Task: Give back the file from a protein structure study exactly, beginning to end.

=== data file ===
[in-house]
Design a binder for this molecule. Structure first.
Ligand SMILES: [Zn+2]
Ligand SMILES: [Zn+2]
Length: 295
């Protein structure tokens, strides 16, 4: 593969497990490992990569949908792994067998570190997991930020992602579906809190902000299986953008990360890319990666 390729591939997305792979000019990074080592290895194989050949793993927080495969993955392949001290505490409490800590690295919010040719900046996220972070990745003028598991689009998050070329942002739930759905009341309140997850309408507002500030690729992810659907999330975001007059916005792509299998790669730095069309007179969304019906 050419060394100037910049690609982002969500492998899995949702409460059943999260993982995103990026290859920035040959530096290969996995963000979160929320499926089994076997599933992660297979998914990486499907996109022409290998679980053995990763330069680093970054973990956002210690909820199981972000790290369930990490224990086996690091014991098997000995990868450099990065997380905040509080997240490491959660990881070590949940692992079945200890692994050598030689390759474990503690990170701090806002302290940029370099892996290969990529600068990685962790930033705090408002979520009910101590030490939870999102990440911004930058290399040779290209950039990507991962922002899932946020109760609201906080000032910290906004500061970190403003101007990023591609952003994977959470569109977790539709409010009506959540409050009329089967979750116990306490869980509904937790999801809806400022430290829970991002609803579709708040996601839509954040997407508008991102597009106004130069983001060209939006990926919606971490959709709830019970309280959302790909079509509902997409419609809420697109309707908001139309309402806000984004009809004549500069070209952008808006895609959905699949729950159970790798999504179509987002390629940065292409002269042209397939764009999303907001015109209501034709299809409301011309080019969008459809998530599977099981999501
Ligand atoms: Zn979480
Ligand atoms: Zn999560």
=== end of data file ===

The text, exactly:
[in-house]
Design a binder for this molecule. Structure first.
Ligand SMILES: [Zn+2]
Ligand SMILES: [Zn+2]
Length: 295
């Protein structure tokens, strides 16, 4: 593969497990490992990569949908792994067998570190997991930020992602579906809190902000299986953008990360890319990666 390729591939997305792979000019990074080592290895194989050949793993927080495969993955392949001290505490409490800590690295919010040719900046996220972070990745003028598991689009998050070329942002739930759905009341309140997850309408507002500030690729992810659907999330975001007059916005792509299998790669730095069309007179969304019906 050419060394100037910049690609982002969500492998899995949702409460059943999260993982995103990026290859920035040959530096290969996995963000979160929320499926089994076997599933992660297979998914990486499907996109022409290998679980053995990763330069680093970054973990956002210690909820199981972000790290369930990490224990086996690091014991098997000995990868450099990065997380905040509080997240490491959660990881070590949940692992079945200890692994050598030689390759474990503690990170701090806002302290940029370099892996290969990529600068990685962790930033705090408002979520009910101590030490939870999102990440911004930058290399040779290209950039990507991962922002899932946020109760609201906080000032910290906004500061970190403003101007990023591609952003994977959470569109977790539709409010009506959540409050009329089967979750116990306490869980509904937790999801809806400022430290829970991002609803579709708040996601839509954040997407508008991102597009106004130069983001060209939006990926919606971490959709709830019970309280959302790909079509509902997409419609809420697109309707908001139309309402806000984004009809004549500069070209952008808006895609959905699949729950159970790798999504179509987002390629940065292409002269042209397939764009999303907001015109209501034709299809409301011309080019969008459809998530599977099981999501
Ligand atoms: Zn979480
Ligand atoms: Zn999560």